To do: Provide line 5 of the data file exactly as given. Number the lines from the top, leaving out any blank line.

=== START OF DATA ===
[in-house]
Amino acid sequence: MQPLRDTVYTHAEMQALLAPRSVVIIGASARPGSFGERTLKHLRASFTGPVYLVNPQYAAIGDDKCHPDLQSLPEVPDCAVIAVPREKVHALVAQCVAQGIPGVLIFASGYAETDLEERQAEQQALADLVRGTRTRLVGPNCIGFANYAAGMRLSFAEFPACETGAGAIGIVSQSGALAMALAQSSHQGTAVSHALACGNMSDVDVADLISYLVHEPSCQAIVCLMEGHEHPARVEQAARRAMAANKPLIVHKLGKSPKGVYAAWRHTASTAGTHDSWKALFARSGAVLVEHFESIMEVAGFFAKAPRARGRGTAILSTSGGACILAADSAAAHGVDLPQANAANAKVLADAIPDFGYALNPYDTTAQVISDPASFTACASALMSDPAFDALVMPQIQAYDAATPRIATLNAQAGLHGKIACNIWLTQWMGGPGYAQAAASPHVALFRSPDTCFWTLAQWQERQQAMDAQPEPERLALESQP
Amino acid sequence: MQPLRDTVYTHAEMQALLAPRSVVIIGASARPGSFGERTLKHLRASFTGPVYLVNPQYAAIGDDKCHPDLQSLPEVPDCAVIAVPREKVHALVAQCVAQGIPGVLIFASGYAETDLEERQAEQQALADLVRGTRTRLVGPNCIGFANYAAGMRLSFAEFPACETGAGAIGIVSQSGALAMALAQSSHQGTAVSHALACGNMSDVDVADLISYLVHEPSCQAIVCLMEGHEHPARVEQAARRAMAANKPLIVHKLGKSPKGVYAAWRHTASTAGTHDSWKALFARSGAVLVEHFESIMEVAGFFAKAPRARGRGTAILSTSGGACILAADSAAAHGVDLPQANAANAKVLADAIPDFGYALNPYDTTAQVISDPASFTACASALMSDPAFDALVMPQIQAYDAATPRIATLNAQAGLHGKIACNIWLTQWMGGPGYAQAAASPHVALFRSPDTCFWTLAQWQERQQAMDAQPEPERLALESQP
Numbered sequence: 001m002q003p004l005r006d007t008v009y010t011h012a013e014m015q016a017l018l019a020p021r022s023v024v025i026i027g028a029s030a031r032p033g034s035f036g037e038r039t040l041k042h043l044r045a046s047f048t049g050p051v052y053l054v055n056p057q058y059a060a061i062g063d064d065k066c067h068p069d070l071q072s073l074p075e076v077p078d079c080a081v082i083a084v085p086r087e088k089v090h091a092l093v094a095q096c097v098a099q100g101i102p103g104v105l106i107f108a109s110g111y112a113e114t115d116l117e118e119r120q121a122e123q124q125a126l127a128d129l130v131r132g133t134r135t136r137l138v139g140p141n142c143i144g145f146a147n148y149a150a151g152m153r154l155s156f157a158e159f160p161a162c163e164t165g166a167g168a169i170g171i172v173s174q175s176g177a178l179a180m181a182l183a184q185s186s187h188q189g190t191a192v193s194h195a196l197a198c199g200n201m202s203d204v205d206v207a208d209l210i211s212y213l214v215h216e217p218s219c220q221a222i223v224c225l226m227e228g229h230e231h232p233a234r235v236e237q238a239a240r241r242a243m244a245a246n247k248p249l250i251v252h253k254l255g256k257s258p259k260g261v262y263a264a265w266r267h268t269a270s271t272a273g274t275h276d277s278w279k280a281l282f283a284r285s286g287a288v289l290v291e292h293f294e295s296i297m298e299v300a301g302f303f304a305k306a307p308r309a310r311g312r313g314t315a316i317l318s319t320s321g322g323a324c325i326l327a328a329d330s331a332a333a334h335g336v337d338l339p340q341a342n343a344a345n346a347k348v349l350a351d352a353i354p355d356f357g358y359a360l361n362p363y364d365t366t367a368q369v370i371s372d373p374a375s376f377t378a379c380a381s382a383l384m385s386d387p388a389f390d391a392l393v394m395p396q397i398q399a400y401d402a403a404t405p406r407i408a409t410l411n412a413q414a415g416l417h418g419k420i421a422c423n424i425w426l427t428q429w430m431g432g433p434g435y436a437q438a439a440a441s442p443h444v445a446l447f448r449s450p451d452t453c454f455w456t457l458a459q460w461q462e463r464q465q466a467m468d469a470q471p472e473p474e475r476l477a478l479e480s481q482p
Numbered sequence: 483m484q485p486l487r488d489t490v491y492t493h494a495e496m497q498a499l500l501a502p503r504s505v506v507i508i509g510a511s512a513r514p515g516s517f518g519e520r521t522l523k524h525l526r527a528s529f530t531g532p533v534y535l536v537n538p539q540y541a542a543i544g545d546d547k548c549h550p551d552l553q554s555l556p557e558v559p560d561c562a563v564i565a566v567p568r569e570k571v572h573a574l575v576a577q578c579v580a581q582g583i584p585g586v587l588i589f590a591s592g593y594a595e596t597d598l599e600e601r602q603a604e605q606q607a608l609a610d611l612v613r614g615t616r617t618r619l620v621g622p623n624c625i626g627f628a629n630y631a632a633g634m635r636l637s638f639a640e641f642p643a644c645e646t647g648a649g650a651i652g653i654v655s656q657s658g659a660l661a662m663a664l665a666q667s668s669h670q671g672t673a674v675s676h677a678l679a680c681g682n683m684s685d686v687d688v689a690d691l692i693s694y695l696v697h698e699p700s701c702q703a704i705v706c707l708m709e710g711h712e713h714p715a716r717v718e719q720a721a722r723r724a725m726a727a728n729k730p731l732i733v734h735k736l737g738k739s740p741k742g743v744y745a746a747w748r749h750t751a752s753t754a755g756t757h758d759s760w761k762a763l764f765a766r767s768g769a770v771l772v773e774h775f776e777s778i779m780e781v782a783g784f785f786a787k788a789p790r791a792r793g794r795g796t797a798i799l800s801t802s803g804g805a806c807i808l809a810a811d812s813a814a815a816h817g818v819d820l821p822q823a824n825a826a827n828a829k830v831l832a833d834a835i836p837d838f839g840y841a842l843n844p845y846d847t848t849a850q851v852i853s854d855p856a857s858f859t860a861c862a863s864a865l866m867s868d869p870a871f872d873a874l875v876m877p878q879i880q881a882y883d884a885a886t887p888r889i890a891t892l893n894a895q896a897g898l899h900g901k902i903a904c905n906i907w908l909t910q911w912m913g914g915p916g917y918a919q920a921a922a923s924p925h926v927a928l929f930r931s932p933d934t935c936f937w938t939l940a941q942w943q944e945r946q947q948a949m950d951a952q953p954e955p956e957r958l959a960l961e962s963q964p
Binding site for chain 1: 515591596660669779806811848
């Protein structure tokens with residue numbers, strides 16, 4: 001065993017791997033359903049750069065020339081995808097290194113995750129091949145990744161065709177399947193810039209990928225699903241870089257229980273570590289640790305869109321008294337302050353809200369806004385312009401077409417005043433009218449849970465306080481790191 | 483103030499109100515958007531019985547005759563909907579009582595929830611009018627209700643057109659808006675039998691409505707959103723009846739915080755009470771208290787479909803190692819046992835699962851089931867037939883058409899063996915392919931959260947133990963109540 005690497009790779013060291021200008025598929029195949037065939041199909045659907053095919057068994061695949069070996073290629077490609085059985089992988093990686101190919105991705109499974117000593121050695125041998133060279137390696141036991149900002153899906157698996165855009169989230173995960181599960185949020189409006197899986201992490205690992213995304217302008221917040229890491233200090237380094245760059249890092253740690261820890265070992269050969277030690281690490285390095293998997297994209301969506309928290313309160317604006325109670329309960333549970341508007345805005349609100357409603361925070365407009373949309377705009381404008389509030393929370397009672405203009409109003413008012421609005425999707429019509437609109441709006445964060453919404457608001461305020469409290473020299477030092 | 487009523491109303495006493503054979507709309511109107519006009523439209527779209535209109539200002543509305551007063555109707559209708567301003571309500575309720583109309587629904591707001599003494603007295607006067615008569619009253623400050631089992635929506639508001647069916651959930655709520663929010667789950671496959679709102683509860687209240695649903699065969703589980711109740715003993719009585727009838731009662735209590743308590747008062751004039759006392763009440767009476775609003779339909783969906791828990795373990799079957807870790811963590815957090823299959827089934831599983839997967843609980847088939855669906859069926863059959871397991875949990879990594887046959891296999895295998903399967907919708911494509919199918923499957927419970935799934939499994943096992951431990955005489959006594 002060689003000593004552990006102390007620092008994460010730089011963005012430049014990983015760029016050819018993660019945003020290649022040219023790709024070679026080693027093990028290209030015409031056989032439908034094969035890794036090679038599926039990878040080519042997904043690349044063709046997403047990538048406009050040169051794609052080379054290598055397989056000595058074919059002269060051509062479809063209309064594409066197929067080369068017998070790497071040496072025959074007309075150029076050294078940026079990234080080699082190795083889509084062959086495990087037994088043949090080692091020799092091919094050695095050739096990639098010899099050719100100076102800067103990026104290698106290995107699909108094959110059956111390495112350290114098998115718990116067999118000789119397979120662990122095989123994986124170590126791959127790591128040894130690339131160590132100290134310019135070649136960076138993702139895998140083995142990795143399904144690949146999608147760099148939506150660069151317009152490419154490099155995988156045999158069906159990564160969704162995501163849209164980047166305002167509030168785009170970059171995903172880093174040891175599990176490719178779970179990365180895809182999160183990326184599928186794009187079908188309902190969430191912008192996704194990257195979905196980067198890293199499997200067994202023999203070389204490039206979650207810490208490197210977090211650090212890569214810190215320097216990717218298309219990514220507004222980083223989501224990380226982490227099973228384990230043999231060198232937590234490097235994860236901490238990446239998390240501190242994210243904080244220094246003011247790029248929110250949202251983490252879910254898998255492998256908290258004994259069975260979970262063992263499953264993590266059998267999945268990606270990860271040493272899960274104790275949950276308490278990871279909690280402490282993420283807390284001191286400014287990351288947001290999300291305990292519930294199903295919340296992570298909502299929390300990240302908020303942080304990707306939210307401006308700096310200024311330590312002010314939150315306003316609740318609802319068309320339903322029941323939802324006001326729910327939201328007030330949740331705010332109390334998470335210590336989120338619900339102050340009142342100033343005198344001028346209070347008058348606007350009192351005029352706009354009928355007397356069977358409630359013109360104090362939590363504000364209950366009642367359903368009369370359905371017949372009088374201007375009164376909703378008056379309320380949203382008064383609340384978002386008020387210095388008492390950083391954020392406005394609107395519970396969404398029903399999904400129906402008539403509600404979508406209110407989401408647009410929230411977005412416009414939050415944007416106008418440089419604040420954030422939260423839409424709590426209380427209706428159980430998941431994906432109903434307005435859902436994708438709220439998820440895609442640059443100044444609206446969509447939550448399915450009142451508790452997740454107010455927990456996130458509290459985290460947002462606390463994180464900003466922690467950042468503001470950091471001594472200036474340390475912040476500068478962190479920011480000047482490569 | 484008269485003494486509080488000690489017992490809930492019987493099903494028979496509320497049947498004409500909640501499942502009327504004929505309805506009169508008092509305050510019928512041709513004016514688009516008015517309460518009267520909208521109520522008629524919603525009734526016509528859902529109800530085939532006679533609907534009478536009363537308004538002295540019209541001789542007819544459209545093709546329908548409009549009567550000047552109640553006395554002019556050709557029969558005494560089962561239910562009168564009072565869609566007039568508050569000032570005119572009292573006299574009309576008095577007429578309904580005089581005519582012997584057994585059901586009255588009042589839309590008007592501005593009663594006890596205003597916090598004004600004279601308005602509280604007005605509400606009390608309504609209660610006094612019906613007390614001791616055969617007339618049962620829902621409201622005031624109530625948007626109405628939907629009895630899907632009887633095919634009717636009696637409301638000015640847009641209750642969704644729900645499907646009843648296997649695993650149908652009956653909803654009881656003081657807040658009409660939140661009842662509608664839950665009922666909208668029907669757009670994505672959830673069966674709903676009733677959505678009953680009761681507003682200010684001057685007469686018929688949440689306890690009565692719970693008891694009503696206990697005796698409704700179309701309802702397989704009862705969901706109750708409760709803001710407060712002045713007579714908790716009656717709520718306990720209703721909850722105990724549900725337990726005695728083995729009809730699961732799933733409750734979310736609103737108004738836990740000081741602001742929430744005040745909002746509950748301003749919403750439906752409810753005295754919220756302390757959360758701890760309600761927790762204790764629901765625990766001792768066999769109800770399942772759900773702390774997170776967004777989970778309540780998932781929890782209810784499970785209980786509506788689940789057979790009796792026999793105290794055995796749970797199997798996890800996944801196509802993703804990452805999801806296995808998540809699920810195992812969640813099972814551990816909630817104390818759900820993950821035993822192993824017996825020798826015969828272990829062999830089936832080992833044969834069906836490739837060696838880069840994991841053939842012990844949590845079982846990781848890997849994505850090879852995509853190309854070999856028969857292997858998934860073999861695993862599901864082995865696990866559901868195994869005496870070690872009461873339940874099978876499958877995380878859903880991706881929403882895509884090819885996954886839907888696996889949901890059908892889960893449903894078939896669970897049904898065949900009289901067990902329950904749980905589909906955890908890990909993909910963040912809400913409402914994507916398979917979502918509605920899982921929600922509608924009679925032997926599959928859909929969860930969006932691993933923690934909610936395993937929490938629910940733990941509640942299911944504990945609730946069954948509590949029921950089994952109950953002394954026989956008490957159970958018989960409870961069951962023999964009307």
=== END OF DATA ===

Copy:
Numbered sequence: 483m484q485p486l487r488d489t490v491y492t493h494a495e496m497q498a499l500l501a502p503r504s505v506v507i508i509g510a511s512a513r514p515g516s517f518g519e520r521t522l523k524h525l526r527a528s529f530t531g532p533v534y535l536v537n538p539q540y541a542a543i544g545d546d547k548c549h550p551d552l553q554s555l556p557e558v559p560d561c562a563v564i565a566v567p568r569e570k571v572h573a574l575v576a577q578c579v580a581q582g583i584p585g586v587l588i589f590a591s592g593y594a595e596t597d598l599e600e601r602q603a604e605q606q607a608l609a610d611l612v613r614g615t616r617t618r619l620v621g622p623n624c625i626g627f628a629n630y631a632a633g634m635r636l637s638f639a640e641f642p643a644c645e646t647g648a649g650a651i652g653i654v655s656q657s658g659a660l661a662m663a664l665a666q667s668s669h670q671g672t673a674v675s676h677a678l679a680c681g682n683m684s685d686v687d688v689a690d691l692i693s694y695l696v697h698e699p700s701c702q703a704i705v706c707l708m709e710g711h712e713h714p715a716r717v718e719q720a721a722r723r724a725m726a727a728n729k730p731l732i733v734h735k736l737g738k739s740p741k742g743v744y745a746a747w748r749h750t751a752s753t754a755g756t757h758d759s760w761k762a763l764f765a766r767s768g769a770v771l772v773e774h775f776e777s778i779m780e781v782a783g784f785f786a787k788a789p790r791a792r793g794r795g796t797a798i799l800s801t802s803g804g805a806c807i808l809a810a811d812s813a814a815a816h817g818v819d820l821p822q823a824n825a826a827n828a829k830v831l832a833d834a835i836p837d838f839g840y841a842l843n844p845y846d847t848t849a850q851v852i853s854d855p856a857s858f859t860a861c862a863s864a865l866m867s868d869p870a871f872d873a874l875v876m877p878q879i880q881a882y883d884a885a886t887p888r889i890a891t892l893n894a895q896a897g898l899h900g901k902i903a904c905n906i907w908l909t910q911w912m913g914g915p916g917y918a919q920a921a922a923s924p925h926v927a928l929f930r931s932p933d934t935c936f937w938t939l940a941q942w943q944e945r946q947q948a949m950d951a952q953p954e955p956e957r958l959a960l961e962s963q964p